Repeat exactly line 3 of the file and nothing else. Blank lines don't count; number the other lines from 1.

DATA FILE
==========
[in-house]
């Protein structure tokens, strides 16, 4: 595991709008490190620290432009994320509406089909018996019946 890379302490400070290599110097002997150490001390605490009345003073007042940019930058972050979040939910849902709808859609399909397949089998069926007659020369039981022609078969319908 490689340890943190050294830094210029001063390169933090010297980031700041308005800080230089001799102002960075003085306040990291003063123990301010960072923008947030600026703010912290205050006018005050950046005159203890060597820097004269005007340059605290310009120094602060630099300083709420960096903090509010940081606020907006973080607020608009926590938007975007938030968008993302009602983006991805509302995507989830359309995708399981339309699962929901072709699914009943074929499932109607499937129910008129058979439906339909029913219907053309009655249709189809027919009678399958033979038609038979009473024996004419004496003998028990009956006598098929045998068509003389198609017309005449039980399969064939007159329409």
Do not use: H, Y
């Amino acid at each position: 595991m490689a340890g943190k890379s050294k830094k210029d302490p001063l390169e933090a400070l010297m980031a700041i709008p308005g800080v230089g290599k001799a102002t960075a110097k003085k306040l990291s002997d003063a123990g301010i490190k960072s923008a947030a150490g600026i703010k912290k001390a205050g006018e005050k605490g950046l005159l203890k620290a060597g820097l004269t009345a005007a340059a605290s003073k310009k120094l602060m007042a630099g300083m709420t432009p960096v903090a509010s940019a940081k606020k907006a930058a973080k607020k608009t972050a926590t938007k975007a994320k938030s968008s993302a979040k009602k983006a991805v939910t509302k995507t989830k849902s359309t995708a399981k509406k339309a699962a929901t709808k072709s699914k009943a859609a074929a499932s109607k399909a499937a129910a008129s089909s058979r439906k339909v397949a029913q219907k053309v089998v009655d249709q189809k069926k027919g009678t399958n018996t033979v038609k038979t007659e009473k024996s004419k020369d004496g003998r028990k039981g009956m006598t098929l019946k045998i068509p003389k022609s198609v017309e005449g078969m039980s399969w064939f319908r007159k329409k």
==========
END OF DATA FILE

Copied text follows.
Do not use: H, Y